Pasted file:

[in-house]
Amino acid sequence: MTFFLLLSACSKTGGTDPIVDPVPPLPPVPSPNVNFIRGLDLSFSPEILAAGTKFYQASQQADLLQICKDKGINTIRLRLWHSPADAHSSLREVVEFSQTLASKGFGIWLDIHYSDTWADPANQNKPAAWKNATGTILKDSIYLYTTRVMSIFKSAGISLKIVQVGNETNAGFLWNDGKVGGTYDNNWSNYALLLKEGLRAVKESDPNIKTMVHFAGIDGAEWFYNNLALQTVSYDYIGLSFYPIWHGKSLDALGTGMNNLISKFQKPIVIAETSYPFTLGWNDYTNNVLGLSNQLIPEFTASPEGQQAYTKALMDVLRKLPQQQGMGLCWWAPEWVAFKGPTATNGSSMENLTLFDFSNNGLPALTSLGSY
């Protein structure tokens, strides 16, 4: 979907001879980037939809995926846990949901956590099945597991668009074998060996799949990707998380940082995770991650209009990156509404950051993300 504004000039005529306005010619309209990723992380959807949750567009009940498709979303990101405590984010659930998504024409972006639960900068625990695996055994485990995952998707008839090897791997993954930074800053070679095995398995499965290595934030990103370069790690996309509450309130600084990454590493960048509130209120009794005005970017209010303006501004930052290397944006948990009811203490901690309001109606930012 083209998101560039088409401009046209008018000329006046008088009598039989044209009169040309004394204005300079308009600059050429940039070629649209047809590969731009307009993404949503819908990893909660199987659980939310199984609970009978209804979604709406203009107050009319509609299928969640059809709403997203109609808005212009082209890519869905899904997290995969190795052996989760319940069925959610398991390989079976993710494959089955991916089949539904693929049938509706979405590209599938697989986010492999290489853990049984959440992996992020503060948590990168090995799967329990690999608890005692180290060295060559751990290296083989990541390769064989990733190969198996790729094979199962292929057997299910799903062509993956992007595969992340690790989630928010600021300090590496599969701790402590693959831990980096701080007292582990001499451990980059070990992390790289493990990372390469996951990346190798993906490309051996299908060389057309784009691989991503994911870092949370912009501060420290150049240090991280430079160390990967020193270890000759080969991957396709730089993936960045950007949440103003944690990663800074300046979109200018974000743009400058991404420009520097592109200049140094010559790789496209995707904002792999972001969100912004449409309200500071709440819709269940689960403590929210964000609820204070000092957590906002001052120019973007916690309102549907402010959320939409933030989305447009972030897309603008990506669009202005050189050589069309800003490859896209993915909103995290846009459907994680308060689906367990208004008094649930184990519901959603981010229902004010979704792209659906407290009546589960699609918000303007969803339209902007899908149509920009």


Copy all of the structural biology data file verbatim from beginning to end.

[in-house]
Amino acid sequence: MTFFLLLSACSKTGGTDPIVDPVPPLPPVPSPNVNFIRGLDLSFSPEILAAGTKFYQASQQADLLQICKDKGINTIRLRLWHSPADAHSSLREVVEFSQTLASKGFGIWLDIHYSDTWADPANQNKPAAWKNATGTILKDSIYLYTTRVMSIFKSAGISLKIVQVGNETNAGFLWNDGKVGGTYDNNWSNYALLLKEGLRAVKESDPNIKTMVHFAGIDGAEWFYNNLALQTVSYDYIGLSFYPIWHGKSLDALGTGMNNLISKFQKPIVIAETSYPFTLGWNDYTNNVLGLSNQLIPEFTASPEGQQAYTKALMDVLRKLPQQQGMGLCWWAPEWVAFKGPTATNGSSMENLTLFDFSNNGLPALTSLGSY
């Protein structure tokens, strides 16, 4: 979907001879980037939809995926846990949901956590099945597991668009074998060996799949990707998380940082995770991650209009990156509404950051993300 504004000039005529306005010619309209990723992380959807949750567009009940498709979303990101405590984010659930998504024409972006639960900068625990695996055994485990995952998707008839090897791997993954930074800053070679095995398995499965290595934030990103370069790690996309509450309130600084990454590493960048509130209120009794005005970017209010303006501004930052290397944006948990009811203490901690309001109606930012 083209998101560039088409401009046209008018000329006046008088009598039989044209009169040309004394204005300079308009600059050429940039070629649209047809590969731009307009993404949503819908990893909660199987659980939310199984609970009978209804979604709406203009107050009319509609299928969640059809709403997203109609808005212009082209890519869905899904997290995969190795052996989760319940069925959610398991390989079976993710494959089955991916089949539904693929049938509706979405590209599938697989986010492999290489853990049984959440992996992020503060948590990168090995799967329990690999608890005692180290060295060559751990290296083989990541390769064989990733190969198996790729094979199962292929057997299910799903062509993956992007595969992340690790989630928010600021300090590496599969701790402590693959831990980096701080007292582990001499451990980059070990992390790289493990990372390469996951990346190798993906490309051996299908060389057309784009691989991503994911870092949370912009501060420290150049240090991280430079160390990967020193270890000759080969991957396709730089993936960045950007949440103003944690990663800074300046979109200018974000743009400058991404420009520097592109200049140094010559790789496209995707904002792999972001969100912004449409309200500071709440819709269940689960403590929210964000609820204070000092957590906002001052120019973007916690309102549907402010959320939409933030989305447009972030897309603008990506669009202005050189050589069309800003490859896209993915909103995290846009459907994680308060689906367990208004008094649930184990519901959603981010229902004010979704792209659906407290009546589960699609918000303007969803339209902007899908149509920009």